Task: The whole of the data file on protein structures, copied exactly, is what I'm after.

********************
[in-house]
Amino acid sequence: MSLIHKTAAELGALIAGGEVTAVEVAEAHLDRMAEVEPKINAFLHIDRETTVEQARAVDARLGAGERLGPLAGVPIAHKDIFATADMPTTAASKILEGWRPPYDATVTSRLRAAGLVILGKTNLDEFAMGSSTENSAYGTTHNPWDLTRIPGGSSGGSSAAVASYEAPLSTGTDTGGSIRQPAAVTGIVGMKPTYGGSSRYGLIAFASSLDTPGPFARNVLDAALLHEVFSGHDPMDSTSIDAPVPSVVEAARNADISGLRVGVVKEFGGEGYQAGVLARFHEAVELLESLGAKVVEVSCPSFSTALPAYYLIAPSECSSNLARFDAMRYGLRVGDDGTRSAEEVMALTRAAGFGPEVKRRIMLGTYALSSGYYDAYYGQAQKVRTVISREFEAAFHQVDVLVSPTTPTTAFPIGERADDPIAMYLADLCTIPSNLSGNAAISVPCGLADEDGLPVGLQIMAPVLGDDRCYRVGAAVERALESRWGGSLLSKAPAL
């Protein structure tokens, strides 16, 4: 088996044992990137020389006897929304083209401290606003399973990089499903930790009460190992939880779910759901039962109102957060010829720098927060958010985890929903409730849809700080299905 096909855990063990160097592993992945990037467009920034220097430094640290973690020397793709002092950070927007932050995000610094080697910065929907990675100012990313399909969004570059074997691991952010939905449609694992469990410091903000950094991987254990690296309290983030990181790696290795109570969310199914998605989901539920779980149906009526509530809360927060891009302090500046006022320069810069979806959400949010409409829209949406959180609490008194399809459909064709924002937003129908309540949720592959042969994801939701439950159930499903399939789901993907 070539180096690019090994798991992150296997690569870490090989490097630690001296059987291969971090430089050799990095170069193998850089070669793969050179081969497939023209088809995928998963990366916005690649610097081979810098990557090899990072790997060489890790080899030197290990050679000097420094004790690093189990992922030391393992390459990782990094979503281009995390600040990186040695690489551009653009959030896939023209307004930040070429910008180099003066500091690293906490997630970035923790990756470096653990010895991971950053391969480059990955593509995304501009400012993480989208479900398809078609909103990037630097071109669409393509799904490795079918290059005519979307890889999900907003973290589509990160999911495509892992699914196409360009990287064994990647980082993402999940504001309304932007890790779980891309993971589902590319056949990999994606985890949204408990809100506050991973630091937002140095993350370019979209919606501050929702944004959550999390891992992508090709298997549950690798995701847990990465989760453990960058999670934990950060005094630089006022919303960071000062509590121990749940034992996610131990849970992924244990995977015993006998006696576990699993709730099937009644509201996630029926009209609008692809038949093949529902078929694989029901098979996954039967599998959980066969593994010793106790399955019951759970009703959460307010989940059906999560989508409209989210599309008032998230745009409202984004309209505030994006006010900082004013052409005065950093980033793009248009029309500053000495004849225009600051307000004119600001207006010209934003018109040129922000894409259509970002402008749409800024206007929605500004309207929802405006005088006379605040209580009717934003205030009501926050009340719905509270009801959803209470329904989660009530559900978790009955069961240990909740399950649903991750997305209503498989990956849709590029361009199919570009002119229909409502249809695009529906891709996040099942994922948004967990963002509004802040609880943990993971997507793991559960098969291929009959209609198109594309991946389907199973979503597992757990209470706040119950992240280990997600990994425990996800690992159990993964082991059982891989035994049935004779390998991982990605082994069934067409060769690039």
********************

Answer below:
[in-house]
Amino acid sequence: MSLIHKTAAELGALIAGGEVTAVEVAEAHLDRMAEVEPKINAFLHIDRETTVEQARAVDARLGAGERLGPLAGVPIAHKDIFATADMPTTAASKILEGWRPPYDATVTSRLRAAGLVILGKTNLDEFAMGSSTENSAYGTTHNPWDLTRIPGGSSGGSSAAVASYEAPLSTGTDTGGSIRQPAAVTGIVGMKPTYGGSSRYGLIAFASSLDTPGPFARNVLDAALLHEVFSGHDPMDSTSIDAPVPSVVEAARNADISGLRVGVVKEFGGEGYQAGVLARFHEAVELLESLGAKVVEVSCPSFSTALPAYYLIAPSECSSNLARFDAMRYGLRVGDDGTRSAEEVMALTRAAGFGPEVKRRIMLGTYALSSGYYDAYYGQAQKVRTVISREFEAAFHQVDVLVSPTTPTTAFPIGERADDPIAMYLADLCTIPSNLSGNAAISVPCGLADEDGLPVGLQIMAPVLGDDRCYRVGAAVERALESRWGGSLLSKAPAL
């Protein structure tokens, strides 16, 4: 088996044992990137020389006897929304083209401290606003399973990089499903930790009460190992939880779910759901039962109102957060010829720098927060958010985890929903409730849809700080299905 096909855990063990160097592993992945990037467009920034220097430094640290973690020397793709002092950070927007932050995000610094080697910065929907990675100012990313399909969004570059074997691991952010939905449609694992469990410091903000950094991987254990690296309290983030990181790696290795109570969310199914998605989901539920779980149906009526509530809360927060891009302090500046006022320069810069979806959400949010409409829209949406959180609490008194399809459909064709924002937003129908309540949720592959042969994801939701439950159930499903399939789901993907 070539180096690019090994798991992150296997690569870490090989490097630690001296059987291969971090430089050799990095170069193998850089070669793969050179081969497939023209088809995928998963990366916005690649610097081979810098990557090899990072790997060489890790080899030197290990050679000097420094004790690093189990992922030391393992390459990782990094979503281009995390600040990186040695690489551009653009959030896939023209307004930040070429910008180099003066500091690293906490997630970035923790990756470096653990010895991971950053391969480059990955593509995304501009400012993480989208479900398809078609909103990037630097071109669409393509799904490795079918290059005519979307890889999900907003973290589509990160999911495509892992699914196409360009990287064994990647980082993402999940504001309304932007890790779980891309993971589902590319056949990999994606985890949204408990809100506050991973630091937002140095993350370019979209919606501050929702944004959550999390891992992508090709298997549950690798995701847990990465989760453990960058999670934990950060005094630089006022919303960071000062509590121990749940034992996610131990849970992924244990995977015993006998006696576990699993709730099937009644509201996630029926009209609008692809038949093949529902078929694989029901098979996954039967599998959980066969593994010793106790399955019951759970009703959460307010989940059906999560989508409209989210599309008032998230745009409202984004309209505030994006006010900082004013052409005065950093980033793009248009029309500053000495004849225009600051307000004119600001207006010209934003018109040129922000894409259509970002402008749409800024206007929605500004309207929802405006005088006379605040209580009717934003205030009501926050009340719905509270009801959803209470329904989660009530559900978790009955069961240990909740399950649903991750997305209503498989990956849709590029361009199919570009002119229909409502249809695009529906891709996040099942994922948004967990963002509004802040609880943990993971997507793991559960098969291929009959209609198109594309991946389907199973979503597992757990209470706040119950992240280990997600990994425990996800690992159990993964082991059982891989035994049935004779390998991982990605082994069934067409060769690039």